Friday, February 2, 2018

The Free Spirit Heresy

Studying Church history is like reading medical textbooks--one sees symptoms everywhere.

There aren't really any new heresies. Heresy is the original recycling movement. You run into Arianism in every age, for example.

Well this really bizarre heresy came out in the late 12th century, because of the delusions of a poor fellow named Amalric, who was so wrong that even though he had taken back his heresy during his lifetime, his body was exhumed and burned after his death. This is because his whacky ideas became influential, and became even stranger in the different versions believed by his followers.

Part of the problem with his teaching was the garden-variety pantheism that some people involved in the New Age buy into. People believe that they are divine, and all creation is divine.

It's thankfully hard to fool anyone with even a minimum of catechesis that this is true. As the 4th Lateran Council taught in its 2nd Canon, "We also reject and condemn that most perverse doctrine of the impious Amalric, whose mind the father of lies blinded to such an extent that his teaching is to be regarded as mad more than as heretical."

As with a lot of heresies, however, the Free Spirit heresy was more pernicious when it was more "spiritual." When put into terms that are religious--in this case, following the guidance of the Holy Spirit--all sorts of mayhem can follow.

You can see how this happens. Instead of blatantly claiming "I'm divine, so I know all," which everyone will realize is a psychosis, what if instead I said "The Holy Spirit is inspiring me to say or do such-and-such." In that case, I might still be appropriating infallibility to my thoughts, words, and actions, and because of the "spiritual" language, I might get away with it.

This has been a frightfully divisive issue in the Church since St. Paul wrote 1 Corinthians in response to it. As in Corinth, the late medieval variations of the Free Spirit heresy often resulted in the countenancing of licentious behavior, because, after all, each individual is a law unto him or herself. Other effects are a reaction against priests and sacraments--presumably because I can commune with God all by myself.

You can see how this plays out in daily parish life too. Musicians can be subject to this fallacy. I might think that the Holy Spirit is inspiring me to sing a certain motet at offertory, and anyone who opposes the motet is opposing the Holy Spirit. This sounds crazy but people act like this, in a lot of different ways.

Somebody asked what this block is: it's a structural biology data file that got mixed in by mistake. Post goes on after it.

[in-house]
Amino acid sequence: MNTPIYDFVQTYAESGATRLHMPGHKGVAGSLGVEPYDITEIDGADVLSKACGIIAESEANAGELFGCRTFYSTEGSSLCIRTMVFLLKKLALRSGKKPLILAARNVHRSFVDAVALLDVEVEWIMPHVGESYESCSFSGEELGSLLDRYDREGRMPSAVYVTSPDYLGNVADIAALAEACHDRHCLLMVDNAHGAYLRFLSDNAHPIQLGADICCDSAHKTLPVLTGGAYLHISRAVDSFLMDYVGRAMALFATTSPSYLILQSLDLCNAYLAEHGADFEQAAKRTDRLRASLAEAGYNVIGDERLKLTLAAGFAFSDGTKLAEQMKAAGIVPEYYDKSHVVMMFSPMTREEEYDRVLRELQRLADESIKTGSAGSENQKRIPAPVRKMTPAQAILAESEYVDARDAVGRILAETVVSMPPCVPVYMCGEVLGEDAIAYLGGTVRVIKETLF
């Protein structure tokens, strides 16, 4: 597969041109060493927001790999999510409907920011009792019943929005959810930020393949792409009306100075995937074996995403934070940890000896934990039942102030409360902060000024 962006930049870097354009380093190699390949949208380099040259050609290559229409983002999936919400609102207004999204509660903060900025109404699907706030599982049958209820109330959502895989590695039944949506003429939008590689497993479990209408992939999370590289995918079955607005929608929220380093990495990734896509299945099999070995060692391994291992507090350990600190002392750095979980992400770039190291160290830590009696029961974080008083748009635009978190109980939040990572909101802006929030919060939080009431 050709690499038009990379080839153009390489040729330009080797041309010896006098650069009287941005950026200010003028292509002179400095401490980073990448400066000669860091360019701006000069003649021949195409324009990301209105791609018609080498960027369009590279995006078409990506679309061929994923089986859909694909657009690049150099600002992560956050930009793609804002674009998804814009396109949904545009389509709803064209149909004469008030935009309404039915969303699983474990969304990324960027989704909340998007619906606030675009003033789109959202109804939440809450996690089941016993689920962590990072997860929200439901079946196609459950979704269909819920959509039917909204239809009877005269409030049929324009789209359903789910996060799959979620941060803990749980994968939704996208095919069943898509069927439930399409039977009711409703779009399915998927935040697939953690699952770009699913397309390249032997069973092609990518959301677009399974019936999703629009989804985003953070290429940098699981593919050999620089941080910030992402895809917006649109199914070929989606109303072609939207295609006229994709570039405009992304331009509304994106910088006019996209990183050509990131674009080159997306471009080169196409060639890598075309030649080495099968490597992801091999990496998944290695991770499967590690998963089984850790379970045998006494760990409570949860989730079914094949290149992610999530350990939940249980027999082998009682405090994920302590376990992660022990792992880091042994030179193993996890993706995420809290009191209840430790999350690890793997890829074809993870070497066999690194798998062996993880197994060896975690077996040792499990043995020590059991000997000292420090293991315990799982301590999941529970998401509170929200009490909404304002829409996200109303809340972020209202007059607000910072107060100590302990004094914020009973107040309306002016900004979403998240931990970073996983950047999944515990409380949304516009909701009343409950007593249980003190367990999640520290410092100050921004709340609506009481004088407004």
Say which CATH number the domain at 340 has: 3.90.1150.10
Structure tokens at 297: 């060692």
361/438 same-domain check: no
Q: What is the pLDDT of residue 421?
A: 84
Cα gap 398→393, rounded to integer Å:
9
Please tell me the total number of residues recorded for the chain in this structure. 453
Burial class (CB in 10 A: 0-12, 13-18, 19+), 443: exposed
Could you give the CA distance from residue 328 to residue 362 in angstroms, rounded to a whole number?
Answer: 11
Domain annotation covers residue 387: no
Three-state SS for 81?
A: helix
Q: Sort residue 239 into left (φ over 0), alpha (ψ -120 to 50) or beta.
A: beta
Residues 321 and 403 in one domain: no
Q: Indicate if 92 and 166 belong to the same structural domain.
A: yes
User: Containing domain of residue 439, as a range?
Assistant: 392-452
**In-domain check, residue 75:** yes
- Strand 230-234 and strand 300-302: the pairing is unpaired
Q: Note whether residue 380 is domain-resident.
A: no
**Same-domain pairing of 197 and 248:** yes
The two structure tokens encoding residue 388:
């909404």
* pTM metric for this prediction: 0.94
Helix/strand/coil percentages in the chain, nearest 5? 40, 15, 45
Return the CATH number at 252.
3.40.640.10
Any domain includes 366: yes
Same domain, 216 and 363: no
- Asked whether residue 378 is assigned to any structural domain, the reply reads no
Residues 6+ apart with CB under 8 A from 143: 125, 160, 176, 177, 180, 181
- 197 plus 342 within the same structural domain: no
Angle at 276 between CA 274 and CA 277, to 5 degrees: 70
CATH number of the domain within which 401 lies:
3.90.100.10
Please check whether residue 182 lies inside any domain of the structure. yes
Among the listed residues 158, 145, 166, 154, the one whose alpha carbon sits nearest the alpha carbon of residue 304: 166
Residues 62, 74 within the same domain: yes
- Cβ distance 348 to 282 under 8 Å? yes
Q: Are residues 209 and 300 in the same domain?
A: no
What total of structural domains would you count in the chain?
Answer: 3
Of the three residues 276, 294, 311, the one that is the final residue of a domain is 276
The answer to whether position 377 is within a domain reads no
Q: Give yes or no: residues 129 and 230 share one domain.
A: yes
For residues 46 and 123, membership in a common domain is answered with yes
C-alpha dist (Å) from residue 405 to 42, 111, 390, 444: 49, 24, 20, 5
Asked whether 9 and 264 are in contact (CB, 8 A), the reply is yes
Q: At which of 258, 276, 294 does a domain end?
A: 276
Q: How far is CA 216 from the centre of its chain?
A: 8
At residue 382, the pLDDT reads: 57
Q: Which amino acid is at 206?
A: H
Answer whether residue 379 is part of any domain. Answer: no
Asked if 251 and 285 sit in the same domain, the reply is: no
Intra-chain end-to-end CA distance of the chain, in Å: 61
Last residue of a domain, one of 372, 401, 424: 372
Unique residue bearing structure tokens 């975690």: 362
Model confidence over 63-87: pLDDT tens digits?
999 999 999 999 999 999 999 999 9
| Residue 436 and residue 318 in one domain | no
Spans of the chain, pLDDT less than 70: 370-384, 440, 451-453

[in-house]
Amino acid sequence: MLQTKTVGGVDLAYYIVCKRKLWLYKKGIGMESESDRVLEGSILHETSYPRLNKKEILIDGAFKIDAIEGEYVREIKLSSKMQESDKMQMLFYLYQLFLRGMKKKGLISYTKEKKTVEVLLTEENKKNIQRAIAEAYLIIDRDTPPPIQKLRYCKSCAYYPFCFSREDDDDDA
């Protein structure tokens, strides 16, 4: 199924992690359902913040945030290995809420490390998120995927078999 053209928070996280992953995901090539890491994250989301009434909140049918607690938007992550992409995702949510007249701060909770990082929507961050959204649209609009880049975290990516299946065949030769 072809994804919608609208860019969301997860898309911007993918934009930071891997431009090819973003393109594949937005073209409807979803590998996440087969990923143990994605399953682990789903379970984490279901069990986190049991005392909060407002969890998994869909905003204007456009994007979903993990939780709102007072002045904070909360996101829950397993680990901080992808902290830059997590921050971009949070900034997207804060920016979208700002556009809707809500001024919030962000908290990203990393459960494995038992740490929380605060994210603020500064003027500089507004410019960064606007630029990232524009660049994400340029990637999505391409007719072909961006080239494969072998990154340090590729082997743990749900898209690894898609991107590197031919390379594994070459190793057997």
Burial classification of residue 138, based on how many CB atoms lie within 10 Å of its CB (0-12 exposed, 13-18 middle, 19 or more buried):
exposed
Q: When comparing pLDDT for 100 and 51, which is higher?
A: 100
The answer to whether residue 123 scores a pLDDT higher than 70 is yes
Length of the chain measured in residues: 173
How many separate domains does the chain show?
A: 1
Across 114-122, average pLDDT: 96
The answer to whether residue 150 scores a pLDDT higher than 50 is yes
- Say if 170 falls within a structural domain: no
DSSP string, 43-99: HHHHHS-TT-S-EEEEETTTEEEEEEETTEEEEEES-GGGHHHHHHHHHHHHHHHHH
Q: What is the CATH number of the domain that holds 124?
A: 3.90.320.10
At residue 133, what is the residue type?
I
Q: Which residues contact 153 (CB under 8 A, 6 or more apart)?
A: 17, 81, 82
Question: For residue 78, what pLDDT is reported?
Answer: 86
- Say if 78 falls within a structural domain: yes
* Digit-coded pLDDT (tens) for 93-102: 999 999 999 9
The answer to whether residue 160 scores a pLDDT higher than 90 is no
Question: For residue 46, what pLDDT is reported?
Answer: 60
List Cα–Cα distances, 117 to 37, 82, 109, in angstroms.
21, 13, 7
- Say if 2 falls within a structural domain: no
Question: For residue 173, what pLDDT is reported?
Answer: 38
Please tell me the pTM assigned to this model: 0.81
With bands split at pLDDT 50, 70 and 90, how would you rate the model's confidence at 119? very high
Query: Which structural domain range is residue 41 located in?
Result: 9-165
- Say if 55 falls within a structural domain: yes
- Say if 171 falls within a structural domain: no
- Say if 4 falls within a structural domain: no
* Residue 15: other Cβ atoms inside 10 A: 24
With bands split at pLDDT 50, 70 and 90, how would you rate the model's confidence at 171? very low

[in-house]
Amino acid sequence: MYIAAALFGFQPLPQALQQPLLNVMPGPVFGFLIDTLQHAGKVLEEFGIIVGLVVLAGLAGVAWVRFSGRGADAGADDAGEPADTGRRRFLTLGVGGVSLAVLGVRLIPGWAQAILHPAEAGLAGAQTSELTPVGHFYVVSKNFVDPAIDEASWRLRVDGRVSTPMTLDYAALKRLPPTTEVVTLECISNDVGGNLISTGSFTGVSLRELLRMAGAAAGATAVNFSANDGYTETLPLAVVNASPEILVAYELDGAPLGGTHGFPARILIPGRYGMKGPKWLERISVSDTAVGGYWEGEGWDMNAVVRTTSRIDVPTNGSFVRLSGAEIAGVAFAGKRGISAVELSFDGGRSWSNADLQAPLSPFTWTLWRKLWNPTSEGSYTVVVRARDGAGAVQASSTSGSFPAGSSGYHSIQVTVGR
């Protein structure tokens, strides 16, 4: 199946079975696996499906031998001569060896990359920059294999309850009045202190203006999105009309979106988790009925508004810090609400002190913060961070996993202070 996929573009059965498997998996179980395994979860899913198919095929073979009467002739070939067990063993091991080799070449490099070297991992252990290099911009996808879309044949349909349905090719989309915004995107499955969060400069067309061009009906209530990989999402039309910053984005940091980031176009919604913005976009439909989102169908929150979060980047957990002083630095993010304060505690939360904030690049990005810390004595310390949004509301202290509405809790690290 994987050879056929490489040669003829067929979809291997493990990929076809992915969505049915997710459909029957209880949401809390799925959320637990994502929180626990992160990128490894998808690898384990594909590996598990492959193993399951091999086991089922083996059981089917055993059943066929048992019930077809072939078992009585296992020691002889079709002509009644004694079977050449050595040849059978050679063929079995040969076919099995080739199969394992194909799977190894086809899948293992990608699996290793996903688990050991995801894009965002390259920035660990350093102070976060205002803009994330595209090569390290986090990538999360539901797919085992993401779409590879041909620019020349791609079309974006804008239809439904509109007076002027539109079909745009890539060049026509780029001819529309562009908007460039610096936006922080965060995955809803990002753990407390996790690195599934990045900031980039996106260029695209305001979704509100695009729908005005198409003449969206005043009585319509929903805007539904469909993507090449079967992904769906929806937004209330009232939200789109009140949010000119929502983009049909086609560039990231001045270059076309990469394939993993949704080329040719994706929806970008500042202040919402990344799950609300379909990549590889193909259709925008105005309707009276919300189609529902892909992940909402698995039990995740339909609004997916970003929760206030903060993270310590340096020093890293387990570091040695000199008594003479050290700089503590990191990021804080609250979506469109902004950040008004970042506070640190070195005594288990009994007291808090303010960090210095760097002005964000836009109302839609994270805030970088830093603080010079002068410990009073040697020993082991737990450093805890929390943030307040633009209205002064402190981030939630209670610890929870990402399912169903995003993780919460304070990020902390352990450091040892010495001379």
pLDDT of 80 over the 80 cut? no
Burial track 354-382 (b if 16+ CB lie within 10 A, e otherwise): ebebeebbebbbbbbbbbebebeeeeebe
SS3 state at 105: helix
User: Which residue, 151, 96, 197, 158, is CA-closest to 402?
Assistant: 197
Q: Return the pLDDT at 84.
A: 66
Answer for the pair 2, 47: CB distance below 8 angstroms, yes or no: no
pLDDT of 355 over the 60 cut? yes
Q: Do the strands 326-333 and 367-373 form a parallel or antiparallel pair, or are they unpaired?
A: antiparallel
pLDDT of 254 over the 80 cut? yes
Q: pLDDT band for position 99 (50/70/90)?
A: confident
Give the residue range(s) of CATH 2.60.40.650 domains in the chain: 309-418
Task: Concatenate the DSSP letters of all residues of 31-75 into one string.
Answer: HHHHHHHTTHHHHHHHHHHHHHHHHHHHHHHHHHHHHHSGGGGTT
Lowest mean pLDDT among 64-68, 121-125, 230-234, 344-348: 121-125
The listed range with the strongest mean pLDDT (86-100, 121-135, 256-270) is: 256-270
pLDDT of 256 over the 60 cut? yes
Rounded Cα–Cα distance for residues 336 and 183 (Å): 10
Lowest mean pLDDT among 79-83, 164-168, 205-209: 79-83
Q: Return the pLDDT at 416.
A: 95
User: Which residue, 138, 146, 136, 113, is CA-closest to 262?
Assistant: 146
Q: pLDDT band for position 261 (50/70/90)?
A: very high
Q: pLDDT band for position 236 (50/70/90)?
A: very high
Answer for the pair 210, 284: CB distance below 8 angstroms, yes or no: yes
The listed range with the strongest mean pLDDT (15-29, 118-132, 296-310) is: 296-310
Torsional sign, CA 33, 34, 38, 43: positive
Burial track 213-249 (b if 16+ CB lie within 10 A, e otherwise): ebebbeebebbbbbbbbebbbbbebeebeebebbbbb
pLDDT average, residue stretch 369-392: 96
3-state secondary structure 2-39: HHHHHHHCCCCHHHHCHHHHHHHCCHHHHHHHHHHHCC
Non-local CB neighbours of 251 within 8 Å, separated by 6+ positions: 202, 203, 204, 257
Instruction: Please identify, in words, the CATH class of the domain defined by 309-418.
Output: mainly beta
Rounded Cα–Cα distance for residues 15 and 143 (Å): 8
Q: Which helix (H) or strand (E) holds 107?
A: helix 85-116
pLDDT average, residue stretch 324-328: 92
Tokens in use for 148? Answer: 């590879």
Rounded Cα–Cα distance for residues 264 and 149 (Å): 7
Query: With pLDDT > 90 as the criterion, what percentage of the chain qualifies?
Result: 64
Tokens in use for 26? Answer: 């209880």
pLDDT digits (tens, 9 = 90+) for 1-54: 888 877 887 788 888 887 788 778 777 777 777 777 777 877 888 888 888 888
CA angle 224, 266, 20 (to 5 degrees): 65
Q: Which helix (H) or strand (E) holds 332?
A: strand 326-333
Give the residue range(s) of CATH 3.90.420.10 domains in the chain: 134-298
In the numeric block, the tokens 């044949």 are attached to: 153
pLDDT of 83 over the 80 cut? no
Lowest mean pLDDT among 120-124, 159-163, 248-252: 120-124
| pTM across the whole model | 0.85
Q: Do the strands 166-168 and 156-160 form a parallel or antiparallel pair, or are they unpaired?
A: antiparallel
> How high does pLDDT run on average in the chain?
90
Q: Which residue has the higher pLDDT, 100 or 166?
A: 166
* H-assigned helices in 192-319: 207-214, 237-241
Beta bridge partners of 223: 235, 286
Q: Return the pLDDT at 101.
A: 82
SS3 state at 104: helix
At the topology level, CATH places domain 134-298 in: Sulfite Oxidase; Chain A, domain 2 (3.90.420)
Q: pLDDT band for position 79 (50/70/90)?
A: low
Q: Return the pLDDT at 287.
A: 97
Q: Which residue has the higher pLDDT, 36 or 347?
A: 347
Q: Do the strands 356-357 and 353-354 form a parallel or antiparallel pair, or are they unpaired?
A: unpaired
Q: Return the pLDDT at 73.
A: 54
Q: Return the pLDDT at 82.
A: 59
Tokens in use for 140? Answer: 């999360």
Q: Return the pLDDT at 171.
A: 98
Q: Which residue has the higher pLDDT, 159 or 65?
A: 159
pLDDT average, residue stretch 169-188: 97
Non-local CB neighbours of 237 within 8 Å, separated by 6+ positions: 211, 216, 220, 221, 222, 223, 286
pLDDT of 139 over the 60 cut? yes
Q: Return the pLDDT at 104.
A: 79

It's tricky, isn't it, because in fact we are given the Holy Spirit with the sanctifying grace of baptism. But how do we cooperate with that gift?

I suppose this is one of the reasons that humility, obedience, and sacred Tradition are emphasized in the Catholic faith, because my own "power" and "wisdom"--to use St. Paul's words--should be both subjected and in service to the community.

As St. Paul says in another place, "And over all these virtues put on love, which binds the rest together and makes them perfect."

Thursday, February 1, 2018

Large Crowds Drawn to Venerate St. Francis Xavier

Those who are interested in understanding what Catholicism means must be prepared to incorporate this mysterious phenomenon into their views of what moves the hearts of the people.


The crowds attracted to the relics of St. Francis Xavier are reminiscent those who flock to visit his fellow Patron of the Missions, St. Therese of Lisieux.


The right arm of St. Francis Xavier, which baptized tens of thousands, has been on tour in Canada throughout the past month.

Monday, January 22, 2018

Two Basic Requisites in an Artist

In His Holiness' famous encyclical, Musicae sacrae disciplina, Venerable Pope Pius XII emphasized the need of two basic requisites in an artist, namely, an artist who will create true religious or sacred art. 
  • The artist must possess skill in the techniques of one's discipline, as the very title of the document points us.  
  • The artist must have faith in God which will give him/her the interior vision needed to perceive what God's majesty and worship demand.
Music, art and architecture form the Sacred arts with skill and Faith.
+Monsignor Richard Schuler (1920-2007) and his mighty legacy wrote prolifically on this very subject (c.f. Sacred Music, Vol 107, No 3, Fall 1980).  He said so eloquently:
"The work of art that the Church seeks will come from the trained and talented craftsman who has a vision of faith, is humble before the creativity of God in which he shares, and who has conceived in the depths of his soul a concept that he expresses in the material, but in which shines for the majesty of God."
May our Faith and skill bring honor and glory to God, as well as holiness to mankind.

Wednesday, January 17, 2018

New Choral Scholarships at Christendom College




Christendom College offers $4500 in tuition reduction and free voice lessons for students starting in the Fall of 2018.


Starting next fall, there will be two one-year scholarships: one for a man (tenor or bass), and one for a woman (soprano or alto).  The scholarship will consist of $4,500 in tuition reduction and $1,500 toward voice lessons throughout the year.

Specifics can be found at this link: Christendom College Choral Scholarships 2018

The recipient is expected to attend sectional and full rehearsals throughout the year, sing at the Sunday Mass, the First Friday Holy Hour, help out at weekday Masses, sing in the Palestrina chamber choir and perform other duties that will be discussed at the interview.

Students will need to submit an audition video of one piece by March 1, 2018 and, if selected, will come to campus as a finalist to audition in person on Saturday, April 7.  If there are any questions, you should contact Dr. Kurt Poterack at: kpoterack@christendom.edu.

Sunday, January 14, 2018

A New Basilica in Alexandria, Virginia